Cultural Retention in the Caribbean
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This paper looks at three instances of cultural retention in the modern-day Caribbean. It discusses the region's cuisine, its faithful adherence to non-Christian religions and its vigorous local music tradition. The paper then outlines how each culture may be understood as a form of resistance to both European imperialism and to the homogenizing forces of globalization.
From the Paper:"Music is the third and final item on our agenda and, like the two preceding it, a review of music offers some valuable insight into how the oppressed peoples of the Caribbean/West Indies were able to retain at least some of their cultural traditions in the face of European hostility. First of all, "mento" music emerged as a distinct kind of Jamaican folk music in the early part of the 1900s, although its actual roots - like so much Caribbean music - are founded in African rhythms, Latin rhythms and Anglo folksongs. From roughly the midway point of the twentieth century onward, Mento was muscled aside by Rocksteady and by Reggae (Romer, 2007). Nonetheless, what is important about this music is that, even while slaves might have been compelled prior to independence to sing Christian church hymns, there was always time - albeit perhaps not much of it, and perhaps the singing itself was done in secret - to sing indigenous songs that recalled a long-ago African world."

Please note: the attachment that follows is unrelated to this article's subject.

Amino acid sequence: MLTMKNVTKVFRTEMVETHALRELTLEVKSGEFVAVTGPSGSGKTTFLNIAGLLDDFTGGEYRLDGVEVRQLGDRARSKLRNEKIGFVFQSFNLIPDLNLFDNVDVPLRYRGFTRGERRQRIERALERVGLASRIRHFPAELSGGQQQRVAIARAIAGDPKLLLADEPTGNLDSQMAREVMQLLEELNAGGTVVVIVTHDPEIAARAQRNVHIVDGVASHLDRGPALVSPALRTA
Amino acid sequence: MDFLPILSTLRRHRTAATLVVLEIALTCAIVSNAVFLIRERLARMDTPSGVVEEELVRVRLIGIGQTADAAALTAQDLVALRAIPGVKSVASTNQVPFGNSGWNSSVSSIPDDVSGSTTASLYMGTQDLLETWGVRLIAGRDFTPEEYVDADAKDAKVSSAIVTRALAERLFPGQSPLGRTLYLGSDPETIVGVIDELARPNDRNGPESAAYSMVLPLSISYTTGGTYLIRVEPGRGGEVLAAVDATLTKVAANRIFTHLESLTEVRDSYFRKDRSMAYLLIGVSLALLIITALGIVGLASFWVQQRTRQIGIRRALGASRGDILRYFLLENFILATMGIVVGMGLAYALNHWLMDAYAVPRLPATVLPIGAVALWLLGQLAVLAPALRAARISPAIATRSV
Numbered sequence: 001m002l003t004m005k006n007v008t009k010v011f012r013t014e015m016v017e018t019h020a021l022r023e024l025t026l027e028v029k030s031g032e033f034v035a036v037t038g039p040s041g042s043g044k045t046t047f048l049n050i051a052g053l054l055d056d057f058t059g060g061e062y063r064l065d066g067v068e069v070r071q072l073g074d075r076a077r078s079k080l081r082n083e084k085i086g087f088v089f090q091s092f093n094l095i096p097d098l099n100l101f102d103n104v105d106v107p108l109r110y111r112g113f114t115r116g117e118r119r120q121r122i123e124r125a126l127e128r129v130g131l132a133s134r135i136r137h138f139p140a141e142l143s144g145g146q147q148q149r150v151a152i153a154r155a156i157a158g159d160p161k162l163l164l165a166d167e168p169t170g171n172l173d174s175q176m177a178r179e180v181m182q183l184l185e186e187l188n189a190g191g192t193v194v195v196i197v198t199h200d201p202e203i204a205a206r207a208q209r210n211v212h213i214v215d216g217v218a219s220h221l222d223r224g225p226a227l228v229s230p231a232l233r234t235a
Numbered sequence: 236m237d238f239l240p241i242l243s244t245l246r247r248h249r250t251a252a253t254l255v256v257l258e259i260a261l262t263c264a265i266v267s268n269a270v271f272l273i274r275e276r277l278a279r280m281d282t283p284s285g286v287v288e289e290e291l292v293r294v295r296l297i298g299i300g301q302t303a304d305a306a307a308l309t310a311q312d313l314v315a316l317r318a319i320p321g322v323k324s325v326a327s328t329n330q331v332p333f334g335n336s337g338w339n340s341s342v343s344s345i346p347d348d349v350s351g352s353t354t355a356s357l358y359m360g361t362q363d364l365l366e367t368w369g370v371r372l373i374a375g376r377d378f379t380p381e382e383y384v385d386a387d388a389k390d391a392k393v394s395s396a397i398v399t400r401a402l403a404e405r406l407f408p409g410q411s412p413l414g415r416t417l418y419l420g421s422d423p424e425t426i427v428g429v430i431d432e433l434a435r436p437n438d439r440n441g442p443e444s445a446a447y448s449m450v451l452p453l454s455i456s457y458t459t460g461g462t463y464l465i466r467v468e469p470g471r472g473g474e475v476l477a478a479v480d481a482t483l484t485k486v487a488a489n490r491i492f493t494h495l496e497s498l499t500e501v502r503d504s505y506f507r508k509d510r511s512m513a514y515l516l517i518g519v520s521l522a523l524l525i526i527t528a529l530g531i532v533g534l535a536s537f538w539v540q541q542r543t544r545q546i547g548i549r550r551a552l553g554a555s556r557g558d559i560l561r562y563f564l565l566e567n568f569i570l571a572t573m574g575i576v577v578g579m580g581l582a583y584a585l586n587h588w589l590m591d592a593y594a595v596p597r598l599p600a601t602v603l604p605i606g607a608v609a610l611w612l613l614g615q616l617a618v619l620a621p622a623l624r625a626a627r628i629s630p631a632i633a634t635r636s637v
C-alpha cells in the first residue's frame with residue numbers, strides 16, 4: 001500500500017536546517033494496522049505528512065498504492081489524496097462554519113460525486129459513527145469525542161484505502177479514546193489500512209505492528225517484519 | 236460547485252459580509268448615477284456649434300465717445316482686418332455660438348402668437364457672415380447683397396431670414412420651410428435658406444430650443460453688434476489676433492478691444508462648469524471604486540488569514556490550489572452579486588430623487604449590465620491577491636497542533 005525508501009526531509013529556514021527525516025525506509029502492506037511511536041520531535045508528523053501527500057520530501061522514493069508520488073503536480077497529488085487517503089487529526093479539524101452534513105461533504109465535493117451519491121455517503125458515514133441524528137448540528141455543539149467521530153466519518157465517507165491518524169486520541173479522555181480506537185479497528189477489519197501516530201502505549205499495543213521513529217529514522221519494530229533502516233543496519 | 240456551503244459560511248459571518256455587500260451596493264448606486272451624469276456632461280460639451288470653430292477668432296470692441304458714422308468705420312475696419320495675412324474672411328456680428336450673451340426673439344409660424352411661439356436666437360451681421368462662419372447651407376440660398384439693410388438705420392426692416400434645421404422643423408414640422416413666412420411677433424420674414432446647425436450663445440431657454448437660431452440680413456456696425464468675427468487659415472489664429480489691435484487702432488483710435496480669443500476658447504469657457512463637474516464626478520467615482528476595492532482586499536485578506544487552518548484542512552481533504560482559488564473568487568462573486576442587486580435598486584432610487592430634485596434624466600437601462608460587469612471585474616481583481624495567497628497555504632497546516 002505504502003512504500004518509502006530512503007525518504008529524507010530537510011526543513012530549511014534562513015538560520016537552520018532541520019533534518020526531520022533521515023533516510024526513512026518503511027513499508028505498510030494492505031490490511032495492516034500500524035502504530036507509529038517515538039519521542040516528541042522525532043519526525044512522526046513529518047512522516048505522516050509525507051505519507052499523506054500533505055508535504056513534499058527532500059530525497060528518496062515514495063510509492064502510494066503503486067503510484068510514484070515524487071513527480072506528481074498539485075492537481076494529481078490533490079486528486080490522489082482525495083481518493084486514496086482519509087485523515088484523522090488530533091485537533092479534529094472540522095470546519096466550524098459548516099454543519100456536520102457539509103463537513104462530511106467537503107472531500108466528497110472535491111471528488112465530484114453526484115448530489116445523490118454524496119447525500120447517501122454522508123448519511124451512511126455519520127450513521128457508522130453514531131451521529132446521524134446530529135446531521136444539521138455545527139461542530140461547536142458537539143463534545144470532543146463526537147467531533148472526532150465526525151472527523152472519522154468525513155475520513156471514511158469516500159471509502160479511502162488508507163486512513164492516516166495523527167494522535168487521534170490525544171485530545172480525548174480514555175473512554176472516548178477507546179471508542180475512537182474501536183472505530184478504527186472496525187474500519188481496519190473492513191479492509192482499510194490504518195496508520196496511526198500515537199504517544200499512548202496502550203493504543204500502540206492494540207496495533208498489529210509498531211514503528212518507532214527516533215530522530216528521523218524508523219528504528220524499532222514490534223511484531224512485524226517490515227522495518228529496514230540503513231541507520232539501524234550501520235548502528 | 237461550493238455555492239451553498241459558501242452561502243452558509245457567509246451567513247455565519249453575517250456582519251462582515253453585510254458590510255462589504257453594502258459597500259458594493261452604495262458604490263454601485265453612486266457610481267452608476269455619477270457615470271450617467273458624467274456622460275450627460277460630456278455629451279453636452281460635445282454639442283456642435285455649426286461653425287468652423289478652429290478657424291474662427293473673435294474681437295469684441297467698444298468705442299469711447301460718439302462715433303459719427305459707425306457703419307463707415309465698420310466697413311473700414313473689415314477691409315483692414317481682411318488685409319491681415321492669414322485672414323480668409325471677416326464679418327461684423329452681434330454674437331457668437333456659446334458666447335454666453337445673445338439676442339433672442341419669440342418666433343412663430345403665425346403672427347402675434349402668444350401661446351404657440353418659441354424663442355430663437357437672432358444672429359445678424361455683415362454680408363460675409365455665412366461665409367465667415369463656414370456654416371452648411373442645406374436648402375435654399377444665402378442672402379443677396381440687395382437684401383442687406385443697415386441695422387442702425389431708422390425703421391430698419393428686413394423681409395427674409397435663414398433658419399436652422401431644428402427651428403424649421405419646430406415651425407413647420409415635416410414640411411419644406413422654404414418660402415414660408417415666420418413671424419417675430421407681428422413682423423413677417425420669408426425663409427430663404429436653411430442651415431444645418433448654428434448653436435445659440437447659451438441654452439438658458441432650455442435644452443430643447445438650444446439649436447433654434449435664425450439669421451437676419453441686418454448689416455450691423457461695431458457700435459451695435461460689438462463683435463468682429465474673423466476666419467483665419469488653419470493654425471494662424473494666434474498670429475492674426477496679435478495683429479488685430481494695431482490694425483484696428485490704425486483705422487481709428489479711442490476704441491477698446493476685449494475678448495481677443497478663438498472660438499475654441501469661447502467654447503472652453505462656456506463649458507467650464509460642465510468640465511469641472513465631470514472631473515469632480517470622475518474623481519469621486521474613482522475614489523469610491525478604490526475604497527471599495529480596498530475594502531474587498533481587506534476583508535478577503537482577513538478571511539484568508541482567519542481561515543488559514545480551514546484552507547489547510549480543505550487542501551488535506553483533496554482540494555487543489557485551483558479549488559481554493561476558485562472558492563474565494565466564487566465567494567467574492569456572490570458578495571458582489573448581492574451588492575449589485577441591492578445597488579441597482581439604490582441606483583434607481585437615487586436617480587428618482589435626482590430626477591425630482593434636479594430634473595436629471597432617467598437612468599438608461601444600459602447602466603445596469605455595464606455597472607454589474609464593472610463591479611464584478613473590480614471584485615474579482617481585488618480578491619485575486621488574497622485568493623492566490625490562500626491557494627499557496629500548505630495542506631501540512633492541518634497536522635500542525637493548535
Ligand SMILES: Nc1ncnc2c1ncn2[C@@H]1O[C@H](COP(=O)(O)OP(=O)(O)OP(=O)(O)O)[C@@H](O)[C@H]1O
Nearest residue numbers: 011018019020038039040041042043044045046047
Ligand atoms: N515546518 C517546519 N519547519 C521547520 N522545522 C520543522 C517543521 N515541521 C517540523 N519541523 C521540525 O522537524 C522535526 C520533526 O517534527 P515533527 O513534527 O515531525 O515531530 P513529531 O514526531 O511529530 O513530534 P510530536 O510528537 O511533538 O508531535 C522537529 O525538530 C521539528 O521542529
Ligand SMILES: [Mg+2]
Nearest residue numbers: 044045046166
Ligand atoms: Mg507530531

Sample of Sources Used:
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- Desmangles, Leslie G., Glazer, Stephen D., and Murphy, Joseph M. (2003). Religion in the Caribbean. In Richard S. Hillman & Thomas J. D'Agostino (eds.), Understanding the Contemporary Caribbean (pp.263-304). Boulder, CO: Lynne Rienner.
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Cite this Term Paper:
Cultural Retention in the Caribbean (2008, June 24) Retrieved September 22, 2014, from http://www.academon.com/term-paper/cultural-retention-in-the-caribbean-104842/
"Cultural Retention in the Caribbean" 24 June 2008. Web. 22 September. 2014. <http://www.academon.com/term-paper/cultural-retention-in-the-caribbean-104842/>